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NEW UPDATES Asean Affairs  5 March 2014  

Thai private sector urges talks to end political impasse

 BANGKOK, March 4 – Seven leading private organisations have called for a government and protester dialogue to resolve the political stalemate which, they said, has damaged Thailand’s economy to the tune of Bt240 billion in losses.
Isara Wongkusolkij, chairman of the Thai Chamber of Commerce and the Board of Trade of Thailand, said a meeting of seven private organisations agreed to sincere, unconditional negotiations, bearing in mind the national interest and the people’s unity.
He said the months-long conflicts have led to losses of life, including children and innocent people, and property, as well as severely damaged the economy especially among small- and medium-sized business operators, farmers and workers.
These groups of people cannot tolerate long-standing losses and the political unrest has also affected investor confidence, Thailand’s competitive edge and opportunity in the regional community, he said.
Payungsak Chartsutipol, chairman of the Federation of Thai Industries, said Thailand’s economic growth, originally projected at 4-5 per cent, would be only 2-3 per cent.
Thailand has lost over Bt60 billion of business revenue since December, he said, adding that a dialogue would be a positive sign to find resolution for Thailand.
Piyaman Techapaiboon, president of the Tourism Council of Thailand, said tourist arrivals in the first two quarters of the year would probably drop to 1.7 million people, or 6 per cent of the projected 29.9 million visitors for the year.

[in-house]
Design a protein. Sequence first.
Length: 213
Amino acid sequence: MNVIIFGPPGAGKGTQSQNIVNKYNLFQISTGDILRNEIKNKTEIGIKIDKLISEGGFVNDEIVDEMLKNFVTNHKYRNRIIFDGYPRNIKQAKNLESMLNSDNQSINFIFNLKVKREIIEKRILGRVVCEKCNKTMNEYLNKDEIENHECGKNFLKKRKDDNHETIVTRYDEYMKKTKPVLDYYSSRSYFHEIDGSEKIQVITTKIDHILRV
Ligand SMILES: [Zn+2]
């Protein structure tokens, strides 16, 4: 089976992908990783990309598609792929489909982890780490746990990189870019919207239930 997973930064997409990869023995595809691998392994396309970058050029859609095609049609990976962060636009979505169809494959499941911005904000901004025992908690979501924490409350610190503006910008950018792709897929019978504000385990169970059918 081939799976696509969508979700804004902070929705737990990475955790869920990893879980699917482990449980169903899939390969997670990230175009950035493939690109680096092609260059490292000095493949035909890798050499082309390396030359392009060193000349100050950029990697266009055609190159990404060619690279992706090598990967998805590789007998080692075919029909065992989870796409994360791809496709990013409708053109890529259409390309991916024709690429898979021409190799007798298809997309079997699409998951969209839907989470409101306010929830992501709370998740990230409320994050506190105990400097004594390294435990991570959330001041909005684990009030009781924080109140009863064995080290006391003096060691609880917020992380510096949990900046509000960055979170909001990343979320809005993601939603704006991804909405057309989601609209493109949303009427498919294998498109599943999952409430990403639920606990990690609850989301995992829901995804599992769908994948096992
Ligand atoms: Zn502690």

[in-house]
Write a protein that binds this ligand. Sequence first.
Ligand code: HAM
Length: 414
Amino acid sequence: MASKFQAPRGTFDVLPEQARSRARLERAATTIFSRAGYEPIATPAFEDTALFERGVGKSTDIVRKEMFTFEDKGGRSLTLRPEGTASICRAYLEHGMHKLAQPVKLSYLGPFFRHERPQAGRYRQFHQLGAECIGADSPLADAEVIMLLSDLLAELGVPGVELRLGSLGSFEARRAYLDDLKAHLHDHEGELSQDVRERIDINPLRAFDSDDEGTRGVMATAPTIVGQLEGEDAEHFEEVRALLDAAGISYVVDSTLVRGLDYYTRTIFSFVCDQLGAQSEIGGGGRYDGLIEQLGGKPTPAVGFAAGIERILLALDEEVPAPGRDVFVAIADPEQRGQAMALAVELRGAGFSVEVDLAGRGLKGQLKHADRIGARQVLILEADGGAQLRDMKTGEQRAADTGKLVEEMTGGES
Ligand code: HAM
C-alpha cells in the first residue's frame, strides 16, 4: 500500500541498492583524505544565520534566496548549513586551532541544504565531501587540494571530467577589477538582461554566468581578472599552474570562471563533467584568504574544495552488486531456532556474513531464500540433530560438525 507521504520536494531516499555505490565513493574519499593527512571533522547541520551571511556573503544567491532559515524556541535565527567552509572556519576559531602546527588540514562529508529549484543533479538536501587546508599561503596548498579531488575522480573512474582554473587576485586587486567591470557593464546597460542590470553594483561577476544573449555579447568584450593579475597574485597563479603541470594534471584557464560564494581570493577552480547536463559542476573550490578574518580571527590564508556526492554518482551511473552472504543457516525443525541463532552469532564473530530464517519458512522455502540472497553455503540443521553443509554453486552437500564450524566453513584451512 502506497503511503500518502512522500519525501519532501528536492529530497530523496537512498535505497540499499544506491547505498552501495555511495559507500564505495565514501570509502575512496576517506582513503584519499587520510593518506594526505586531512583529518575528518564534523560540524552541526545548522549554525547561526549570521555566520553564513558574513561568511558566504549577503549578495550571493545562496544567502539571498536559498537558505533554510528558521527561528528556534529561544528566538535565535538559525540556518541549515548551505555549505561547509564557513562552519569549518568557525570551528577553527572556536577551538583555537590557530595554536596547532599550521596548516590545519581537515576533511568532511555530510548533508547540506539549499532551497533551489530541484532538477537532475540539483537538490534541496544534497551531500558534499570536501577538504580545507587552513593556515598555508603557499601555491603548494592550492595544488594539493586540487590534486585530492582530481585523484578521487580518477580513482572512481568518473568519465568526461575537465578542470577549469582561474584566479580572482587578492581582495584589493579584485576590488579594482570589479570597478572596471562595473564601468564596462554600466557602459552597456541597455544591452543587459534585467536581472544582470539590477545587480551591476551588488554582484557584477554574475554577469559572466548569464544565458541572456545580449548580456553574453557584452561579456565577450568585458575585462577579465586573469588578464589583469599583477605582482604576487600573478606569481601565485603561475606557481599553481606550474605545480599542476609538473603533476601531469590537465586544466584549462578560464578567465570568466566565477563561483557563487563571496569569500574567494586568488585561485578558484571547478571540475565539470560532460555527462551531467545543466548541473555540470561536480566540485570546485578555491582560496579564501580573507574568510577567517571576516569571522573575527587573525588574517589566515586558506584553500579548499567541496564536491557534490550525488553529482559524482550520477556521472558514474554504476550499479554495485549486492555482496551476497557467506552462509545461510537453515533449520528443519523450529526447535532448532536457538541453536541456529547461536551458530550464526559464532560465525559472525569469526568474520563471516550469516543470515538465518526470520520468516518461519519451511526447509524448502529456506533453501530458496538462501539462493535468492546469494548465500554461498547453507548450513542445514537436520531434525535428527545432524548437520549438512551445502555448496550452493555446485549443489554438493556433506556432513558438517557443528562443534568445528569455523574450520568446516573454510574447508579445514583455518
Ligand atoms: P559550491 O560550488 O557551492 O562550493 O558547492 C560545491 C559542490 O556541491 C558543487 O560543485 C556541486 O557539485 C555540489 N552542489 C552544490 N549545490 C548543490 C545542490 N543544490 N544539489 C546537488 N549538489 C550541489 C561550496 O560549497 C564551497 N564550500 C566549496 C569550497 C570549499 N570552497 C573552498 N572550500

The financial loss is estimated at Bt82 billion but it is hoped that the tourism situation will pick up in the last two quarters, she said, calling on the government to urgently revoke the state of emergency which has negatively impacted Thailand’s image.

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This year in Thailand-what next?

AseanAffairs   04 January 2011
By David Swartzentruber      

It is commonplace in journalism to write two types of articles at the transition point between the year that has passed and the New Year. As this writer qualifies as an “old hand” in observing Thailand with a track record dating back 14 years, it is time take a shot at what may unfold in Thailand in 2011.

The first issue that can’t be answered is the health of Thailand’s beloved King Bhumibol, who is now 83 years old. He is the world's longest reigning monarch, but elaborate birthday celebrations in December failed to mask concern over his health. More






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